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Red Sox 8, Devil Rays 6

Sox clinch spot with rally in 9th

ST. PETERSBURG, Fla. - Manny Ramírez, watching from the visitors' dugout, threw his hands into the air, signaling the start of Julio Lugo's stroll into Red Sox lore.

It ended with Lugo leaping into the arms of David Ortiz, who was waiting for his little buddy after Lugo's two-run home run sent the Sox into the postseason for the fourth time in five years.

The Sox, on the verge of suffering another shocking loss when Carlos Peña's three-run home run in the seventh off Javier Lopez shot the Devil Rays into the lead, instead clinched at least a wild-card spot in the October tournament by beating Tampa Bay, 8-6, before a delirious crowd of 34,666 in Tropicana Field, where geography had no impact on rooting preferences.

Detroit's 7-4 loss to the Royals, coupled with the Sox win, ensured the Sox will be playing after the regular season ends next Sunday.

With seven games to play, the Sox reclaimed the best record in the league, and maintained a 2 1/2-game lead in the American League East over the Yankees.

"For us to clinch a playoff spot in the fashion we did - we talked about it earlier with some guys, it's definitely worth celebrating," said Mike Lowell, after the team privately conducted a brief toast behind closed doors.

"You know, would we rather toast today or be where we were last year? The Tigers would rather be us, trust me. So it's definitely something to celebrate.

"We don't want to be complacent. We definitely want to win the division and we definitely want to have the best record. That doesn't mean you should diminish something along the way. We want to celebrate one, two, three, four more times."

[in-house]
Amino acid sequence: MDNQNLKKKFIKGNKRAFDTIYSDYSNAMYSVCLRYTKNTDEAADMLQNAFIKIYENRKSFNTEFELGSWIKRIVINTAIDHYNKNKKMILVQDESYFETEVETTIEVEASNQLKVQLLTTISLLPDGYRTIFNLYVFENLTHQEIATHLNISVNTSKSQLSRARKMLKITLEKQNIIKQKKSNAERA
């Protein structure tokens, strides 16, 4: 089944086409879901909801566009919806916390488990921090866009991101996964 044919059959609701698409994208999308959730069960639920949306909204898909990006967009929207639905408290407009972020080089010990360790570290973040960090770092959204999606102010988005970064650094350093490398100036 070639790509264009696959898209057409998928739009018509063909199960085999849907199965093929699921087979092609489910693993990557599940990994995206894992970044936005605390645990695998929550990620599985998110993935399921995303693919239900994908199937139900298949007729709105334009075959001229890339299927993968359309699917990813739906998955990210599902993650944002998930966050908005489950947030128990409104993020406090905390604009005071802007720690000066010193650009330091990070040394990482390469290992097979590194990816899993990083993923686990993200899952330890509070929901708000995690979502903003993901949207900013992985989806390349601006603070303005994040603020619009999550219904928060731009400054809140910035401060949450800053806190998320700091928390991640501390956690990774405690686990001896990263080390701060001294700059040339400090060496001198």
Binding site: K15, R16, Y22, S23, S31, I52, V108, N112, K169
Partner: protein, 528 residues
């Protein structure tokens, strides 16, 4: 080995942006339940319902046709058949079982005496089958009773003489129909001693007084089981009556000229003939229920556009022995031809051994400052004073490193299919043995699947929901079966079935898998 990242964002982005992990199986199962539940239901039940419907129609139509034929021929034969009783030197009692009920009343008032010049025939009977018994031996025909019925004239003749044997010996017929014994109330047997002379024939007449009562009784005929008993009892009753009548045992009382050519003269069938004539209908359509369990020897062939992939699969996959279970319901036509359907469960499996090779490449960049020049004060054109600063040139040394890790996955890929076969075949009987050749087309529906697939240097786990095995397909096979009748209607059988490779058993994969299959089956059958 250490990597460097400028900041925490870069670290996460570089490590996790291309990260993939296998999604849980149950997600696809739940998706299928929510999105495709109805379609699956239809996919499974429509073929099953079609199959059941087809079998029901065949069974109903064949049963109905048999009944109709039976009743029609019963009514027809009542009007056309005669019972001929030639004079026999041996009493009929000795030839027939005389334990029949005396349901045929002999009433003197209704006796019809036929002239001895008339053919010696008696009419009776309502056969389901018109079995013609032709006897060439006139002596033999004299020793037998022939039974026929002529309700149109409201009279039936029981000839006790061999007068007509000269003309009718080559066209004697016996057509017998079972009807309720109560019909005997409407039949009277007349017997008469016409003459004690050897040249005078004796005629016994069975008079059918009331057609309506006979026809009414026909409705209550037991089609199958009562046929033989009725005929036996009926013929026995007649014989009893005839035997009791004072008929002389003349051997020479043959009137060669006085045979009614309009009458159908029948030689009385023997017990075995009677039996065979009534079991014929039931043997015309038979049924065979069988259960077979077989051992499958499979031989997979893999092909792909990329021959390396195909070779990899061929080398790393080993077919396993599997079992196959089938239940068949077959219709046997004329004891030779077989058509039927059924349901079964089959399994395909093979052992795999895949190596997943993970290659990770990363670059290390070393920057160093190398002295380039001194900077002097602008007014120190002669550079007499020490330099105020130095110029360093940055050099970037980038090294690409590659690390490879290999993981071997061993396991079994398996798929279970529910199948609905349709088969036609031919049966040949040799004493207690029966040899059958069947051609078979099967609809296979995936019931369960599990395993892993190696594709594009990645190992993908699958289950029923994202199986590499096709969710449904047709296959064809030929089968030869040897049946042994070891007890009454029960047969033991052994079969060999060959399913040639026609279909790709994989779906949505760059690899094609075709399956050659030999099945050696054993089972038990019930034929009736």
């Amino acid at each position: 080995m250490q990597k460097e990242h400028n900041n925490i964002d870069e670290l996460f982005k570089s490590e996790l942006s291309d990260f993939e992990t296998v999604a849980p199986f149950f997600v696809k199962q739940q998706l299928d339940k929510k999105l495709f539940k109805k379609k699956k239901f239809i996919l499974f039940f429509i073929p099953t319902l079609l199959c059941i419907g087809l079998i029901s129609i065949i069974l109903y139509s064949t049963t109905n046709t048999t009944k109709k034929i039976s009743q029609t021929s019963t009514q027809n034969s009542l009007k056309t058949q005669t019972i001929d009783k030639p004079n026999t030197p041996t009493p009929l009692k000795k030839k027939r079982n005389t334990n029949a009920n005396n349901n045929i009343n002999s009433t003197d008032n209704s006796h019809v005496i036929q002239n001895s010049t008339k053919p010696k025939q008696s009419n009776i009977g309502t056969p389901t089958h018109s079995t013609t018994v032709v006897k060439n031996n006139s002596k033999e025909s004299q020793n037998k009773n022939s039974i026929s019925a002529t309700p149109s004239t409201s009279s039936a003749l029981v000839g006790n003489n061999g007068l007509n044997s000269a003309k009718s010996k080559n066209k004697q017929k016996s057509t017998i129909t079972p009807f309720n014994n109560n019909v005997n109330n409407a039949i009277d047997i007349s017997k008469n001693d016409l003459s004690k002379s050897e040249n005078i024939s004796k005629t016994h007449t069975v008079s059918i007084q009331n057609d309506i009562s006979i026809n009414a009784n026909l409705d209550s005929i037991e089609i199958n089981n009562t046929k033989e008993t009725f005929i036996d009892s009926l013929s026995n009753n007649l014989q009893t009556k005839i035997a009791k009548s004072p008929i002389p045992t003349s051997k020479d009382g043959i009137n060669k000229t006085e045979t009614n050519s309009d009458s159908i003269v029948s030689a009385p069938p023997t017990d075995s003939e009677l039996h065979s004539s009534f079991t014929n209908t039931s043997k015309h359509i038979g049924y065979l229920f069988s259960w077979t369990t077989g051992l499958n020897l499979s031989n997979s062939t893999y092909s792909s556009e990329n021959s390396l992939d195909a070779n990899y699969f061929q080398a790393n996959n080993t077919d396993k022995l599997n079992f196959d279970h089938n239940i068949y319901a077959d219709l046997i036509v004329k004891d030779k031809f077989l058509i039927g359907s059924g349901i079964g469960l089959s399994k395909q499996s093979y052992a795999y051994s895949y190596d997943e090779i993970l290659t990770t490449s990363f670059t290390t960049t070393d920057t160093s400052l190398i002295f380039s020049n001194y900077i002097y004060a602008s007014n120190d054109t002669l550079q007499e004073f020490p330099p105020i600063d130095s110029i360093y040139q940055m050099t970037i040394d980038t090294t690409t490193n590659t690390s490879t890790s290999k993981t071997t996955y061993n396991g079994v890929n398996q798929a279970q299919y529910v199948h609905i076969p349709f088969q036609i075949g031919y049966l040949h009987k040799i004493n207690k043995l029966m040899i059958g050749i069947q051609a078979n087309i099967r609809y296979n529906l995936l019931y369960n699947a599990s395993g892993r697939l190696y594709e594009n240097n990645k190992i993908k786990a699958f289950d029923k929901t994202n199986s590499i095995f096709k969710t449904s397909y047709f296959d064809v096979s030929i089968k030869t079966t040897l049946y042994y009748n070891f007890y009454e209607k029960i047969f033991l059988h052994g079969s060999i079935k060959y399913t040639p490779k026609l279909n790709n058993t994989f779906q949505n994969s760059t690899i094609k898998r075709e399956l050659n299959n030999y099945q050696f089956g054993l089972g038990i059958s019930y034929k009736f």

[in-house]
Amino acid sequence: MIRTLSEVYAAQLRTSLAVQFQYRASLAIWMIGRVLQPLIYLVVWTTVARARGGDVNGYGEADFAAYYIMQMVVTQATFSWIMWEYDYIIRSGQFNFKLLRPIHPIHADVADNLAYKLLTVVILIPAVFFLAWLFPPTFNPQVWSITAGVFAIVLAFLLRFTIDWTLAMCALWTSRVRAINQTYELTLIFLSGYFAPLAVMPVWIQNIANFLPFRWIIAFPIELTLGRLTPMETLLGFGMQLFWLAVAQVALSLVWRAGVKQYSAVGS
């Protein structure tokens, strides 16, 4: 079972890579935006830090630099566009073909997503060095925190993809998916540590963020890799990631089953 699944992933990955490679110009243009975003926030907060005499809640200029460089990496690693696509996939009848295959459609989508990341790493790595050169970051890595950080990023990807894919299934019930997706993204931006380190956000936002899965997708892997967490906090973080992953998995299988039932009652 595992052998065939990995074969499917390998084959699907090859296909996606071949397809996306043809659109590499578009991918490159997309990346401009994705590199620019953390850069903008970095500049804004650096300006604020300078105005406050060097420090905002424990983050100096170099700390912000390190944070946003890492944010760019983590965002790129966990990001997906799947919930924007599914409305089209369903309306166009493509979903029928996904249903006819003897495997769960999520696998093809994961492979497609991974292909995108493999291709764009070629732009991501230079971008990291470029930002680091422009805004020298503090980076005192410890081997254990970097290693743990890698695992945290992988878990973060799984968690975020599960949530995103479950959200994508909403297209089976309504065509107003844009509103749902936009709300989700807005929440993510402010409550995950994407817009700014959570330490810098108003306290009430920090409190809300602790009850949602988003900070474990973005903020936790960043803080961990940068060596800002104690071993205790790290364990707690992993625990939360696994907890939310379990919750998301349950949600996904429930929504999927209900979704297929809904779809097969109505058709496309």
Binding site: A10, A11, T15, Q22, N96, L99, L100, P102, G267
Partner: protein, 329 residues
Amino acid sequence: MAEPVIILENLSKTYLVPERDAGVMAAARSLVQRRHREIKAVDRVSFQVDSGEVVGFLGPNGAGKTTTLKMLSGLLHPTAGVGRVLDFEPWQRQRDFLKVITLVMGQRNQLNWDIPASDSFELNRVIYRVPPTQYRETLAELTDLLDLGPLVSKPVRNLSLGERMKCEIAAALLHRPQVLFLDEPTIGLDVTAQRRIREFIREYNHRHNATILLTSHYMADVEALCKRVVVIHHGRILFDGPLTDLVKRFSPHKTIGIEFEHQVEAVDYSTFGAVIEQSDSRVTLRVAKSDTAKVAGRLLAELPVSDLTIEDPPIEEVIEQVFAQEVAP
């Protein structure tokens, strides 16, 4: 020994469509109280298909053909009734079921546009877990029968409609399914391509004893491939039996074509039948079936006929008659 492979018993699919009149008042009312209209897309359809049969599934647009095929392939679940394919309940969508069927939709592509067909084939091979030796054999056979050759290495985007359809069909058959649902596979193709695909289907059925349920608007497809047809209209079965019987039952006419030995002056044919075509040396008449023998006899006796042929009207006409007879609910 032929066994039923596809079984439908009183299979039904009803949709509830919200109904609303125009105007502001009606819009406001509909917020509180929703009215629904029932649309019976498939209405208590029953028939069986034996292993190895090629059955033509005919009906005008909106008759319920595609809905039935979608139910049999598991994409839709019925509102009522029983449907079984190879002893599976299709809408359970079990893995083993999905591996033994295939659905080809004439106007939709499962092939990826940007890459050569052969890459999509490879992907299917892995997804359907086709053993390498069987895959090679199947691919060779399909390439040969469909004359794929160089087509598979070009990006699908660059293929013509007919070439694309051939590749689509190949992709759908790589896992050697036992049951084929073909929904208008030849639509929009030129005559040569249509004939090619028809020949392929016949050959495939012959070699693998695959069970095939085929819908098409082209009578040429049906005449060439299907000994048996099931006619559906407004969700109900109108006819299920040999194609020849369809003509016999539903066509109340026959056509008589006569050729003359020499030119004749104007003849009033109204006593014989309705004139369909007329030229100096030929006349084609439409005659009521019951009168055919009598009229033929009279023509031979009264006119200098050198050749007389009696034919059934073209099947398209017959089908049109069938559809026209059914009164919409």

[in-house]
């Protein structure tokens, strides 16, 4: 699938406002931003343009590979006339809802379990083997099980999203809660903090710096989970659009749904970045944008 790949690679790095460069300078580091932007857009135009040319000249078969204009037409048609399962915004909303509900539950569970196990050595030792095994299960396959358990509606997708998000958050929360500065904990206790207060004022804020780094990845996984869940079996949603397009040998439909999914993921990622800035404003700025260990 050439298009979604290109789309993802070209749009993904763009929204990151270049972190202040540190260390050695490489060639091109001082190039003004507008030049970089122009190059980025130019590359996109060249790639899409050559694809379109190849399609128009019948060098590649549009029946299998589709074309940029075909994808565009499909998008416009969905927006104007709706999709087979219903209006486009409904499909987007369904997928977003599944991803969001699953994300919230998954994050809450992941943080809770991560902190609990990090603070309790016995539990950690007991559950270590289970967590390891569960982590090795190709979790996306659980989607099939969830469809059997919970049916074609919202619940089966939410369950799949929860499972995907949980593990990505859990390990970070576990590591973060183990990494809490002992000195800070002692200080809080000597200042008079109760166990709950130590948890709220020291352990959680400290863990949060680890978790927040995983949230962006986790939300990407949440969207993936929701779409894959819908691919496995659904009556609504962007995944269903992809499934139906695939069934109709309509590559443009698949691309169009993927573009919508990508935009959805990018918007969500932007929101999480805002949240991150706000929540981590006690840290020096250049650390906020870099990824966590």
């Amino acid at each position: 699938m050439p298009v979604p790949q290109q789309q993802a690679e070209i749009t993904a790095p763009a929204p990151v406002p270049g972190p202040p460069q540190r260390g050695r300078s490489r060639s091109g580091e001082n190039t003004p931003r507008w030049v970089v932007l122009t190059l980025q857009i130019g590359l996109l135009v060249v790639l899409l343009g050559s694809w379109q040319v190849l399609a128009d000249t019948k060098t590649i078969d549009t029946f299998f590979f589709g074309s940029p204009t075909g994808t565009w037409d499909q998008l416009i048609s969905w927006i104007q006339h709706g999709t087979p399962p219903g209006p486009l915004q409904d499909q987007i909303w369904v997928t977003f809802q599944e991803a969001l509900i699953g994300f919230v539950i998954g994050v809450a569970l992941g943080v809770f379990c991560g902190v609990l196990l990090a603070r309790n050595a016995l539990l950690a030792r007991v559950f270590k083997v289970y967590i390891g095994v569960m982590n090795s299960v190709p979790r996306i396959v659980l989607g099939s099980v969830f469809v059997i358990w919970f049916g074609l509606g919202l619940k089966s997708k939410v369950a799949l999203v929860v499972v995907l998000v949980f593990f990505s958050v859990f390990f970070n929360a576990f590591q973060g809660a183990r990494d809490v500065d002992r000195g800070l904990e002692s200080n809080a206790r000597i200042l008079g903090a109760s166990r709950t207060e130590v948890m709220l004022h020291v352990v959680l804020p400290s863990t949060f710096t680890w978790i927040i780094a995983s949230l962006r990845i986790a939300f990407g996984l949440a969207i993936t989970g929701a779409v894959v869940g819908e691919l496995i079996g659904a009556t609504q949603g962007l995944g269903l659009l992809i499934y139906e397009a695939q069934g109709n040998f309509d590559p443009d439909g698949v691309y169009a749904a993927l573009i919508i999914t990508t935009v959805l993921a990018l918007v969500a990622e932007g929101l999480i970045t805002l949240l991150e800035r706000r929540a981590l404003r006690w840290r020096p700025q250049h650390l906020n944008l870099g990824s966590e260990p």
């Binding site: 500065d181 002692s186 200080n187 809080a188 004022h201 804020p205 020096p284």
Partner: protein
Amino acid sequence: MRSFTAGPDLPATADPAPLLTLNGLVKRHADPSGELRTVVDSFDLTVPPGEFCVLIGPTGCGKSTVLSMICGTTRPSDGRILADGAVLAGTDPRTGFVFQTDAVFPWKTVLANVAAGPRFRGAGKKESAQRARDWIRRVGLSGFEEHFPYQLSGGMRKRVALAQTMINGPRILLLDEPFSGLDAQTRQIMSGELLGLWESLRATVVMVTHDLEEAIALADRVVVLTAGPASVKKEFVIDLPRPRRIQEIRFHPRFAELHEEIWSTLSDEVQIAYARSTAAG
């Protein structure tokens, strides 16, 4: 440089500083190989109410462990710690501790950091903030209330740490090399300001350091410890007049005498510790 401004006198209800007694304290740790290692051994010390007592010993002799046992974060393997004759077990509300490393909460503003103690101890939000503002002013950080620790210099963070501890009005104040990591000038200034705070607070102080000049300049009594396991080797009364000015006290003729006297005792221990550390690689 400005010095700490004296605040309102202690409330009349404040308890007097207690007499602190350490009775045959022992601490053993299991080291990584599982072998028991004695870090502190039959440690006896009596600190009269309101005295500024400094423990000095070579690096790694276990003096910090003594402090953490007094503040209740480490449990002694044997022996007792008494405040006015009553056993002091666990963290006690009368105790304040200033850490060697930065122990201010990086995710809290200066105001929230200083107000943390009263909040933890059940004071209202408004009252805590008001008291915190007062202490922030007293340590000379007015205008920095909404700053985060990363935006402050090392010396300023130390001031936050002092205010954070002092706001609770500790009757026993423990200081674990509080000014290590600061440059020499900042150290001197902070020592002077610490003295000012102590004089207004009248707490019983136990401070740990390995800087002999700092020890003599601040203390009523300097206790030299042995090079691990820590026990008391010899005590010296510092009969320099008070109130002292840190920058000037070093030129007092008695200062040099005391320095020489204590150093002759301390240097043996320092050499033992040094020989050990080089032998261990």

This crowd was ready to party, even if manager Terry Francona had said before the game he was disinclined to do so, with the division title yet to be decided. But Jason Varitek spoke for the people when he led off the ninth inning with a game-tying home run off Devil Rays closer Al Reyes.

Eric Hinske followed by lashing a ground double down the line in right. After Coco Crisp popped to third, Lugo hit the first pitch he saw into the left-field stands.

"Julio might not have done what people expected, because people want more and more and more," Ortiz said, "but he can get some clutch hits. He put it together when we needed it."

Lugo had gone 204 at-bats between home runs before he connected Tuesday in Toronto. Now, in the span of five days, he has two. He has hit five home runs in the ninth inning in his career; this one will be remembered by more than his immediate family, since it not only was the first he has ever hit to decide a game, but it also put the Sox into postseason play for the 18th time in franchise history.

"Never happened, never in professional baseball," Lugo said of going long in such circumstances.

How'd it feel? "Oh man," he said, smiling broadly, "I loved it."

Varitek, too, did not loom as an obvious hitting hero. He came into the game batting just .132 (5 for 38) in his last 11 games, striking out 20 times in that span. But last night, he had three hits, and was the first to the mound after Jonathan Papelbon retired Jorge Velandia on a fly ball to Crisp in center for his 36th save.

"I think I talked a few days ago about depending on some people," Francona said. "I know I said Varitek's name. That's how you win, guys like that.

"I think he wills himself to be a winner. I really think you can do that. Certain people have the ability when the game is on the line - I hate to say it, [Yankees shortstop Derek] Jeter has done that, and 'Tek is in that same mold."